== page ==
Diary of a Drywaller: Chapter 7

Doug Bellamy / July 2018

Poway, California, 1978

Now the sign has always read
You’d be a fool to go ahead
But you know you’ve always gone
The day has always brought the dawn
Sunny skies have slipped away
The moon’s still following the day
I’m still here and I still say
Though time has aged this painter’s brush
What I do is what I must.

That poetic excerpt below was written on the living room floor at my girlfriend’s house, after my business was gone, but before I even realized it. “What business?” one might ask. “And what girlfriend”? My first among a few, on both counts and some tough lessons learned in the process. Listen up and learn a few of the pitfalls of success—too much too fast and self-deception.
    
This tiny excerpt of a much longer poem serves as ample introduction to a terrible and shameful period. If you are tagging along on this journey, bear in mind that we have jumped several years forward—not to worry, we will lapse back into the storyline. I haven’t forgotten about the lie that came true. I still owe you an explanation.
    
For the moment, just consider this period “young, successful and indestructible” (or so it seemed), but there was plenty of destruction around the bend, though not within eyeshot at the time.
    
Thus far I have said nothing about the poet. That ghost has not commented in these writings but has been ever-present since childhood, peeking his head in and out now and then. You will no doubt hear more from him later.
    
Can you hear the invincible arrogance of my frame of mind? Shortly thereafter I found myself reaching up to tie my shoelaces. More about that episode, later.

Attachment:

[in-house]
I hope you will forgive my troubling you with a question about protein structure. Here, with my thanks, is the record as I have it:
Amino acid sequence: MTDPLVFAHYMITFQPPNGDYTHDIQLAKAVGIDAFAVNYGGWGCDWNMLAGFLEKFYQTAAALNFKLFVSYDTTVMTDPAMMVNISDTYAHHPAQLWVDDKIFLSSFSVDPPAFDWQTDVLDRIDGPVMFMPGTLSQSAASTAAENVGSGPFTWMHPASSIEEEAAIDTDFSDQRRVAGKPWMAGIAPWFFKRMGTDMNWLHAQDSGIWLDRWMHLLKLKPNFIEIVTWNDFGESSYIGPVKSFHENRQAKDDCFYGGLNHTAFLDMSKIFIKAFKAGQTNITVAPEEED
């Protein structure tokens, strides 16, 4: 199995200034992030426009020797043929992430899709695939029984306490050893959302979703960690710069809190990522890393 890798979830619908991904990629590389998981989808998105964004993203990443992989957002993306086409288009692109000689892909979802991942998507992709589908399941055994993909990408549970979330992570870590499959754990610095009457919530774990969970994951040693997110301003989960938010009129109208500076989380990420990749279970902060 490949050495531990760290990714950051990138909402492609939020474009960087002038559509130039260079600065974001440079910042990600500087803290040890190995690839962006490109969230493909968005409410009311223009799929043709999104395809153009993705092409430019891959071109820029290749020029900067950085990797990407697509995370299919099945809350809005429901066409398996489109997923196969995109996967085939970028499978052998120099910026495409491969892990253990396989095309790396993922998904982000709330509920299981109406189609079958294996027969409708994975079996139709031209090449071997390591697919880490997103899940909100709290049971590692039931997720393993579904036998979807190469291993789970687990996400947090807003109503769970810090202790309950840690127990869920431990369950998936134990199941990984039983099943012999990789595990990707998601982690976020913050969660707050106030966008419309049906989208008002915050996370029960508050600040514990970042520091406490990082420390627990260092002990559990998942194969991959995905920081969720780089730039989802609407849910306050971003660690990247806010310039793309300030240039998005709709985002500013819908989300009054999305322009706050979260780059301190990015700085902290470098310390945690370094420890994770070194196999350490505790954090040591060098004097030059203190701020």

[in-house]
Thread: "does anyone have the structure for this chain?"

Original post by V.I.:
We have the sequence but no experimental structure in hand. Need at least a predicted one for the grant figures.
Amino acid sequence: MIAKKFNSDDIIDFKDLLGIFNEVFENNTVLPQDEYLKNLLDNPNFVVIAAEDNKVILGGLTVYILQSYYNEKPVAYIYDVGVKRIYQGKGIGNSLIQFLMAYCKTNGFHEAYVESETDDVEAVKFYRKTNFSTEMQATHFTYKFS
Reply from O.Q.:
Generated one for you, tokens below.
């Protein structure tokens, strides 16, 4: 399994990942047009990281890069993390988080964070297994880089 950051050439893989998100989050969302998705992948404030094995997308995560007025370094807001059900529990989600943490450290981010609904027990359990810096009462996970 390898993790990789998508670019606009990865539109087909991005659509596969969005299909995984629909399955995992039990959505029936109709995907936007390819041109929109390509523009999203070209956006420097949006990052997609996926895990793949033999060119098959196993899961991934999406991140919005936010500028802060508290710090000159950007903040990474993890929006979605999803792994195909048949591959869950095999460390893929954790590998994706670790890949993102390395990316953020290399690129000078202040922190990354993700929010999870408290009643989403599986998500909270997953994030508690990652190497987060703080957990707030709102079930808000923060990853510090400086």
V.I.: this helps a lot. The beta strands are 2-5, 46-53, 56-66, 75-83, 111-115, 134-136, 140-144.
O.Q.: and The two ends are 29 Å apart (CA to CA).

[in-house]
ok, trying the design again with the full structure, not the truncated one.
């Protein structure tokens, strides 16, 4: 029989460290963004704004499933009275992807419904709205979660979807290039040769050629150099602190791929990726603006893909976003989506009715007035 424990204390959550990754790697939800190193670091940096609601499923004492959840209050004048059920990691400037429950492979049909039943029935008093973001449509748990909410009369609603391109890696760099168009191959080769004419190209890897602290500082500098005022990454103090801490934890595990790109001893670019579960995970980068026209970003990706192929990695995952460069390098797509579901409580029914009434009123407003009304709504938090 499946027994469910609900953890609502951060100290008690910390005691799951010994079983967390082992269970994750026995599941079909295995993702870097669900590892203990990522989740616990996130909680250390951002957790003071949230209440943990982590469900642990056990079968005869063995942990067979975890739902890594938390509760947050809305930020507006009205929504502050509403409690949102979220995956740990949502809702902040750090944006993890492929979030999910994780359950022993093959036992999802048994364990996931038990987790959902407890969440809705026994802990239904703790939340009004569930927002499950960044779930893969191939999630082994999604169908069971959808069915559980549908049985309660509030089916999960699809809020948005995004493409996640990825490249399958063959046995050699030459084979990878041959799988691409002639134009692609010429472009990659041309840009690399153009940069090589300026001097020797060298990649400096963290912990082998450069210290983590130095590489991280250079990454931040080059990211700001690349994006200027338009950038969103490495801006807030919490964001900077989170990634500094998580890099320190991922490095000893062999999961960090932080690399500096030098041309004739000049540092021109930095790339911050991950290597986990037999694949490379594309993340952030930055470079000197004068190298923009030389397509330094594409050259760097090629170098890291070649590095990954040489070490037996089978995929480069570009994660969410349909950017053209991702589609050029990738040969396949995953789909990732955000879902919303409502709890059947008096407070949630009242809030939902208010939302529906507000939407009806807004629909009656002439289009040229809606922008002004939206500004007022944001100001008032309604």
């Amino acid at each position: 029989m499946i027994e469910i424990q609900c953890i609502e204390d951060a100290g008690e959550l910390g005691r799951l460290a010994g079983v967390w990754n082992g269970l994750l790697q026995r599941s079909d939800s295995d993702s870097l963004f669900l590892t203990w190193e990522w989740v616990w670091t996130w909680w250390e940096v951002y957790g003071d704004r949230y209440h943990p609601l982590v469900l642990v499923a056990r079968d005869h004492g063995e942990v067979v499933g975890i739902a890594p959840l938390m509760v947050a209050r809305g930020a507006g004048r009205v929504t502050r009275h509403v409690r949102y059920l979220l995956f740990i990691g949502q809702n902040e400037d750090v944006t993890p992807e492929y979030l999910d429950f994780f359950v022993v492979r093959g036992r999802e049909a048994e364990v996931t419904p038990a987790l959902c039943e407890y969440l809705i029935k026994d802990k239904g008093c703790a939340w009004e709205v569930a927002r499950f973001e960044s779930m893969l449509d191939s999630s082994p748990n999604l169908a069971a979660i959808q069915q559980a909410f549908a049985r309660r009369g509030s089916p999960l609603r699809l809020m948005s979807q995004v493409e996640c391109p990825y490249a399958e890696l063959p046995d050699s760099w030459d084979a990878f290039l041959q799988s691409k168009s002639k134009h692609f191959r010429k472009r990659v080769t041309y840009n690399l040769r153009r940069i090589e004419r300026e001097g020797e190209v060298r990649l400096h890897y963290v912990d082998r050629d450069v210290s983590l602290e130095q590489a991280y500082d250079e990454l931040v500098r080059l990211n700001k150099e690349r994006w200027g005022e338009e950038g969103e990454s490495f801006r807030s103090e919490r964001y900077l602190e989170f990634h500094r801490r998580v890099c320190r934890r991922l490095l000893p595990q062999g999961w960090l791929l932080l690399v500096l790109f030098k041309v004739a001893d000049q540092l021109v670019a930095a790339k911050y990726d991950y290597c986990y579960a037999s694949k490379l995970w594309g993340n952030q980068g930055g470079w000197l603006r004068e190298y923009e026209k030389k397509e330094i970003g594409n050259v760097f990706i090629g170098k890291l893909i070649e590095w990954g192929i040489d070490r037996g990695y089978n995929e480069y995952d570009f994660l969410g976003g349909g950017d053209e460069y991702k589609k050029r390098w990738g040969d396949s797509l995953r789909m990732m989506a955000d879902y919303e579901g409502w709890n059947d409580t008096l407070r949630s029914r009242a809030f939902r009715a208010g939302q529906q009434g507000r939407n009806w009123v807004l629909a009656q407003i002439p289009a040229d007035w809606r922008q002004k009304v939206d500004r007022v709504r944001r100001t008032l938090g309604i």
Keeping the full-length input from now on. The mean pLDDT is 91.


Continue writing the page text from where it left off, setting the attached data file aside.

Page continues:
Let’s get back to the lie that came true, and my apprenticeship in 1973 and 1974.
    
Sure enough, my new employers were patiently bearing with me. I was able to cobble together what I knew and didn’t know well enough to not only complete my apprenticeship with Northwestern Drywall but also become a foreman just before I earned the official title of journeyman.
    
My promotion would have been cause for celebration, but on the very day it happened, all of the journeymen packed up their tools and left the job, filled with resentment. They weren’t about to listen to some kid, barely 21 years old who wasn’t even technically a journeyman.
    
That wouldn’t be the last time I dealt with a similar reaction as I continued to ascend in my newfound profession, but it was the only time that I recall telling a lie—a lie that came true.
    
With the help of my boss and the taping superintendent, we got a crew together, and they provided plenty of support to the fledgling foreman—namely me.
    
Dealing with the workforce was a-w-k-w-a-r-d. I had barely learned the trade and I was thrust into a position of authority, and oftentimes I was dealing with people who were older and more experienced. I got a lot of this “you’re not the boss of me” stuff. However, I had developed an ambitious and reliable work ethic that made my employer sit up and take notice. They watched me turn from a liar into a taper.
    
One of the first things that I learned in my newfound position was to be decisive, not provide people with too many options, clarify my expectations and not dilly-dally around playing guessing games about who should do what or, for that matter, who wanted to do what. Management is not a popularity contest. You have two options: manage subordinates, or you will be managed by them. I found that out the hard way.
    
Just in case any of you get the mistaken impression that you can lie your way to the top. Not! Case in point, I tried it one other time and failed miserably. During the latter part of my apprenticeship I got a side job. It was the thing everyone was doing and making serious money, playing illegal contractor. Thinking back, this was probably the beginning of my life as a business owner. But as I said, I wasn’t one. Not yet, anyway.
    
However, I wasn’t really well-versed in a few aspects of the trade that were essential to completing the remodel. Funny thing about working on peoples’ walls: People can pretty particular, and the trial-and-error approach doesn’t go over too well. I got kicked off the job and didn’t collect a dime. I felt horrible, on several levels. Two steps forward, one step back.

Doug Bellamy is former president of Innovative Drywall Systems Inc. dba Alta Drywall, Escondido, Calif. Contact him at doug@altadrywall.com.